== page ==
this theory is speculative. The plain fact is that some things in
medicine are never known. Based on the evidence submitted at this
trial, I cannot say what caused this fistula to develop.
80. I return, then, to the question of what caused the leak
from the anastomosis. Perez offers several arguments in support
of his theory that it was caused by the premature removal of the
catheter. None are persuasive. Plaintiffs first argue that there
was no leak from the anastomosis until after the premature
removal of the catheter. The first proof of leakage was on the
September 7, 1993 cystogram. Plaintiffs speculate that given this
indisputable temporal connection, the removal of the catheter and
the resulting urinary retention, followed by the
recatheterizations, must have damaged the anastomosis.
81. The problem with this theory is that there is simply no
evidence to support it. When the recatheterization was done in
the cystoscopy suite, the anastomosis was viewed by use of a
cystoscope. It showed that the anastomosis was tight and not
leaking. In order to circumvent this incontrovertible proof that
neither the urinary retention nor the recatheterizations damaged
the anastomosis, plaintiffs argue that if a cystogram had been
used instead of a cystoscope, injury to the anastomosis could
have been detected. But this argument is clearly speculative.
There is no proof of any injury to the anastomosis following the
successful recatheterization. Indeed, the proof is to the
82. Plaintiffs next argue that because the VMAC physicians
administered charcoal tests on August 31 and again on September
10, they must have been concerned about a possible recto-urethral
fistula. According to Plaintiffs, this demonstrates that they
knew they had damaged the anastomosis when they removed the
catheter and then reinserted it.
83. This theory, too, must be rejected. The VMAC physicians had
good reasons to test for a fistula, aside from any concern
arising from the removal and reinsertion of the catheter. As Dr.
Lizza and Dr. Torre pointed out, Perez had undergone a radical
perineal prostatectomy, which carries a known significant risk of
rectal injury, had locally advanced prostate cancer, which can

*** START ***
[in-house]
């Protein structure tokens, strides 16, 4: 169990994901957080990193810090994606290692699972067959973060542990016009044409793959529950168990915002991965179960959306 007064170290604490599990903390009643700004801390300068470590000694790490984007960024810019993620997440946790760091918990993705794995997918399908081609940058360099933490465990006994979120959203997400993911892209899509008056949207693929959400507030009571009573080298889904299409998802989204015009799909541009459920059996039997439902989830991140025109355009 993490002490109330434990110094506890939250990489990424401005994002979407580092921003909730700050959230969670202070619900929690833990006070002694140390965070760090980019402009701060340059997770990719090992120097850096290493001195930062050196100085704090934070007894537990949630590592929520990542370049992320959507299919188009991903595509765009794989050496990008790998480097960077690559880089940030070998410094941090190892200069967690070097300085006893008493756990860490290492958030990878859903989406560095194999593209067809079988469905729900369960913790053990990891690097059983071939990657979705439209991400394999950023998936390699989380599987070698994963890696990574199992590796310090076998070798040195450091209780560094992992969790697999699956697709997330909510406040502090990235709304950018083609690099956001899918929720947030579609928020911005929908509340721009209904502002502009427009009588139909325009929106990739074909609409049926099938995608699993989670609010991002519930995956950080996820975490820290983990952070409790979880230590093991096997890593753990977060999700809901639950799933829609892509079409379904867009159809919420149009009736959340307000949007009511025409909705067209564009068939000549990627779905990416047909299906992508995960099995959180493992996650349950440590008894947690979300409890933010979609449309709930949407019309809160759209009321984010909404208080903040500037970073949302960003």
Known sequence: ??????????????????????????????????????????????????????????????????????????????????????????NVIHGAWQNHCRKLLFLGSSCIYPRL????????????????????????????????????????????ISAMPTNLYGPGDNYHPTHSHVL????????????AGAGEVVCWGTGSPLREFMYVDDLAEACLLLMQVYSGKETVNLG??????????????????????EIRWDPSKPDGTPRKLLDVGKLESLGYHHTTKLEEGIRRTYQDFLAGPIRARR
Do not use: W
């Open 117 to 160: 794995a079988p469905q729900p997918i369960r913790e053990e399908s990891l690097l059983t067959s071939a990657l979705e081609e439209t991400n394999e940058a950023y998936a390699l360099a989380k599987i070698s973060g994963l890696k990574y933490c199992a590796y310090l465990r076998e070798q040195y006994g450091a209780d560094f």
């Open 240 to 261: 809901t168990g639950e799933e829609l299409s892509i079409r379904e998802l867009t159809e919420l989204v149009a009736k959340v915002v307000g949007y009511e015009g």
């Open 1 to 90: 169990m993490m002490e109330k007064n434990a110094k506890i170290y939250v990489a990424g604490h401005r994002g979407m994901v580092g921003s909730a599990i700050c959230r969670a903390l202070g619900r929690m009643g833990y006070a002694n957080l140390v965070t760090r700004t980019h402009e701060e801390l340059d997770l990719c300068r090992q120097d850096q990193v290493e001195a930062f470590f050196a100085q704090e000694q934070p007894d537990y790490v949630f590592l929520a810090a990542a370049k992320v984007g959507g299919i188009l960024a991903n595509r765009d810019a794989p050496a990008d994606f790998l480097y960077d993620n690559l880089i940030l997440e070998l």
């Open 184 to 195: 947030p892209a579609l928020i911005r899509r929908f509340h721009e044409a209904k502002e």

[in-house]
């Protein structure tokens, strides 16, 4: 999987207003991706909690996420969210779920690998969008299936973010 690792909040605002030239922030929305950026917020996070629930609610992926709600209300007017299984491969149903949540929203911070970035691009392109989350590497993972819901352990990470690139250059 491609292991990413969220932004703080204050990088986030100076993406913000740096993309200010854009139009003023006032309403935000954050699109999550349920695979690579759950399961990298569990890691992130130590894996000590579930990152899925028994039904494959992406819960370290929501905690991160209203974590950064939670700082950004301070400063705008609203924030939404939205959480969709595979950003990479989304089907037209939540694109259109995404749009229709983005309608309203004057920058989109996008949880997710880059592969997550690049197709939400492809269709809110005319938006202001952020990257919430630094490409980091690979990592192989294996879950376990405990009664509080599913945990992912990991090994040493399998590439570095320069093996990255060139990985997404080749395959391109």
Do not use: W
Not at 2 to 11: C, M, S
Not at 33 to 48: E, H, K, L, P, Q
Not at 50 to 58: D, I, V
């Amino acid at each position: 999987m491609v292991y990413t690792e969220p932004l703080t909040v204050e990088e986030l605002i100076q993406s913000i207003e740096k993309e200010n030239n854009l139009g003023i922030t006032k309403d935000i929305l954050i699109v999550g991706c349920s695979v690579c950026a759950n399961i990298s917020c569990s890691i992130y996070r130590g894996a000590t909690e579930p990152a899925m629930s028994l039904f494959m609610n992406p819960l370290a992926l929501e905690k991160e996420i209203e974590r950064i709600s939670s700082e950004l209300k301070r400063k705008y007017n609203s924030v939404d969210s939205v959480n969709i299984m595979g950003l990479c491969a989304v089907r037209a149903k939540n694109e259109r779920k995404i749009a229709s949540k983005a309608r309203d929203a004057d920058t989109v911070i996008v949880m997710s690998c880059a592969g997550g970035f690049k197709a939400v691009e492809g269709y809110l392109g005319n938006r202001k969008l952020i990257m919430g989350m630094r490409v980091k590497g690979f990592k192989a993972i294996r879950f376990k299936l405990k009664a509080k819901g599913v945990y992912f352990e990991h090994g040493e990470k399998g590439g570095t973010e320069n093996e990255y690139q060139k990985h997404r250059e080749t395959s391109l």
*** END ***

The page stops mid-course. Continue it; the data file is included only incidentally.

affect the lining of the rectum, and had experienced urinary
retention. Tr. 85-90 (Dr. Torre); 904-06 (Dr. Lizza). This
combination of factors was certainly sufficient to require the
precaution of testing for the presence of a fistula.
84. Plaintiffs' final theory is the presence of the leak on
September 7, 1993. Plaintiffs argument is a variety of res ipsa
— if the leak is there, the defendant's actions must have caused
85. This theory, too, must be rejected. Dr. Lizza testified,
credibly, and citing to the scientific literature (PX E), that
anastomotic leaks following this type of surgery are not
uncommon. Tr. 723-36, 947-49 (Dr. Lizza). There are many causes
for such leaking, including swelling, stricture, or even healing
of the anastomosis. Plaintiffs simply have not demonstrated by a
preponderance of the credible evidence that this leak was
caused by the premature removal of the Foley catheter.
VII. CONCLUSIONS OF LAW
86. The VAMC physicians and/or staff departed from accepted
standards of medical practice in their care and treatment of
Perez, solely with respect to the premature removal of the Foley
catheter. They did not depart from accepted standards of medical
practice in their care and treatment of Perez in any other
87. The sole departure from the accepted standard of medical
practice by the VAMC physicians and/or staff did not proximately
cause any of Mr. Perez's injuries.
88. Accordingly, the Defendant is not liable to the Plaintiffs.
Judgment is awarded in Defendant's favor, without costs to either
party. The Clerk is directed
to prepare a judgment and close this case.
© 1992-2003 VersusLaw Inc.